H${\alpha}$ and H${\beta}$ emission in a C3.3 solar flare: comparison between observations and simulations

Vincenzo Capparelli, Francesca Zuccarello, Paolo Romano, Paulo J. A. Simoes, Lyndsay Fletcher, David Kuridze, Mihalis Mathioudakis, Peter H. Keys, Gianna Cauzzi, Mats Carlsson

Research output: Contribution to journalArticle

Abstract

The Hydrogen Balmer series is a basic radiative loss channel from the flaring solar chromosphere. We report here on the analysis of an extremely rare set of simultaneous observations of a solar flare in the H${\alpha}$ and H${\beta}$ lines at high spatial and temporal resolution, which were acquired at the Dunn Solar Telescope. Images of the C3.3 flare (SOL2014-04-22T15:22) made at various wavelengths along the H${\alpha}$ line profile by the Interferometric Bidimensional Spectrometer (IBIS) and in the H${\beta}$ with the Rapid Oscillations in the Solar Atmosphere (ROSA) broadband imager are analyzed to obtain the intensity evolution. The H${\alpha}$ and H${\beta}$ intensity excesses in three identified flare footpoints are well correlated in time. We examine the ratio of H${\alpha}$ to H${\beta}$ flare excess, which was proposed by previous authors as a possible diagnostic of the level of electron beam energy input. In the stronger footpoints, the typical value of the the H${\alpha}$/H${\beta}$ intensity ratio observed is $\sim 0.4-0.5$, in broad agreement with values obtained from a RADYN non-LTE simulation driven by an electron beam with parameters constrained (as far as possible) by observation. The weaker footpoint has a larger H${\alpha}$/H${\beta}$ ratio, again consistent with a RADYN simulation but with a smaller energy flux. The H${\alpha}$ line profiles observed have a less prominent central reversal than is predicted by the RADYN results, but can be brought into agreement if the H${\alpha}$-emitting material has a filling factor of around 0.2--0.3.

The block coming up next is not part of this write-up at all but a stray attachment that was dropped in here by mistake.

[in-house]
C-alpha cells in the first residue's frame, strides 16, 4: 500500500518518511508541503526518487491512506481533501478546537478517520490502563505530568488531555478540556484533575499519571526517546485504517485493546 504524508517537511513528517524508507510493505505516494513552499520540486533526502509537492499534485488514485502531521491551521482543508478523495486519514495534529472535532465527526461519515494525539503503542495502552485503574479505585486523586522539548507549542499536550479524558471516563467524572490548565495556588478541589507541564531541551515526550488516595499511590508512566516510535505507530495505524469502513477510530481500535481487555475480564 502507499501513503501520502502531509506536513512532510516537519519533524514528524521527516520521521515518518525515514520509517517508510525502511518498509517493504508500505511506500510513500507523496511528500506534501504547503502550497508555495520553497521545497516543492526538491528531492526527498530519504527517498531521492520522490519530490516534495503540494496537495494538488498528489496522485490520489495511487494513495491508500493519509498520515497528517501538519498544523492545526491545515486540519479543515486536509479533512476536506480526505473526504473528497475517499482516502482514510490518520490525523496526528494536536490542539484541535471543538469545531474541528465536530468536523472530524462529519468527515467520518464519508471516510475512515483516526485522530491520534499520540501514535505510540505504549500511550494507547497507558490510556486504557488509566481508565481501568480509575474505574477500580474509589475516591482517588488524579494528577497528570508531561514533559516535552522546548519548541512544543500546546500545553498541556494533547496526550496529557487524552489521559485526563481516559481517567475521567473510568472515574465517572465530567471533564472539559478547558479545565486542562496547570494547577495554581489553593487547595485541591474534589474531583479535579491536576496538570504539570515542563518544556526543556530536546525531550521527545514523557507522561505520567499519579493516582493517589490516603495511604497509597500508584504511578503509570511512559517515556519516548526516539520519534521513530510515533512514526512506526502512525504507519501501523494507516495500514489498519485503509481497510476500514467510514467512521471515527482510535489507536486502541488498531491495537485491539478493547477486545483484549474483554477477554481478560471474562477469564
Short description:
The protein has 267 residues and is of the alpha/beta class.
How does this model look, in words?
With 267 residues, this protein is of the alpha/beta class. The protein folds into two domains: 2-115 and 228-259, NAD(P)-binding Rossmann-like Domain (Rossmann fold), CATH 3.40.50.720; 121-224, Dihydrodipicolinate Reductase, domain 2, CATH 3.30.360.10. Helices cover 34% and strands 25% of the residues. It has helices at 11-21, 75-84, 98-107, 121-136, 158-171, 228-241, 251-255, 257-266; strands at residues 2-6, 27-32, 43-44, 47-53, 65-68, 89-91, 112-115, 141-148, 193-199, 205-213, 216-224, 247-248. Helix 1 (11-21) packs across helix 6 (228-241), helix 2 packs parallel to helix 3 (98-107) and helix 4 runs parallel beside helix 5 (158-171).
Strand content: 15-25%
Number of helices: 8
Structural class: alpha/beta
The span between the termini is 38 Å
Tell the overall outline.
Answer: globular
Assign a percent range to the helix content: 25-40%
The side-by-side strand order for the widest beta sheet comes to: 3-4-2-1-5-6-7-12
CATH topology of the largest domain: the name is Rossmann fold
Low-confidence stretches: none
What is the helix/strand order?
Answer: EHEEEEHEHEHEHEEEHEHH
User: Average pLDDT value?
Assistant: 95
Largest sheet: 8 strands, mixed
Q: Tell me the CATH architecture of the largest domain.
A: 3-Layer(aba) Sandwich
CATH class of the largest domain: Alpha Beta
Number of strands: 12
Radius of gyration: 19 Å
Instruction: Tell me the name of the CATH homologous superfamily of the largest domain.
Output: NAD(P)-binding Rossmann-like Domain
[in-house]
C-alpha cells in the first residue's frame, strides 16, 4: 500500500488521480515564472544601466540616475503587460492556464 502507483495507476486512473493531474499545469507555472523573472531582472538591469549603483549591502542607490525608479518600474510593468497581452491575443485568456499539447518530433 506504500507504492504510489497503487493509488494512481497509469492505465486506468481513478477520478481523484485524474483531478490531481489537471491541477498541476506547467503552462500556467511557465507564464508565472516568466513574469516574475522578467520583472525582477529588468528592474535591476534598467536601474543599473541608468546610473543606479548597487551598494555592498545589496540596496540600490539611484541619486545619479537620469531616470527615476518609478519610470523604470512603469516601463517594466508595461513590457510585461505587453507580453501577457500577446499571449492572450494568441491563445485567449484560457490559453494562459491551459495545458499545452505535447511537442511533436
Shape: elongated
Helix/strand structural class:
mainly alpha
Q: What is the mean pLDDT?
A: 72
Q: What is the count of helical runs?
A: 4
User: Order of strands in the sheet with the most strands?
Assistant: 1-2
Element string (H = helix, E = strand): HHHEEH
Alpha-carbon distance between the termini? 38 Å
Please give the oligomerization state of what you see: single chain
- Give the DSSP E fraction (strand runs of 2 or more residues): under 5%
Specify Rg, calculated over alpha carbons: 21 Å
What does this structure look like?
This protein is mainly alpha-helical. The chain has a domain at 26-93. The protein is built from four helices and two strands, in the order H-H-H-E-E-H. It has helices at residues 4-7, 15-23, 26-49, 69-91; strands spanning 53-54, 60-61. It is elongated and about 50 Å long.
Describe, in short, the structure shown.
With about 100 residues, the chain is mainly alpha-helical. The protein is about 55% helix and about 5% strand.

Original languageEnglish
JournalThe Astrophysical Journal
Publication statusPublished - 01 Oct 2017

Keywords

  • Astrophysics - Solar and Stellar Astrophysics

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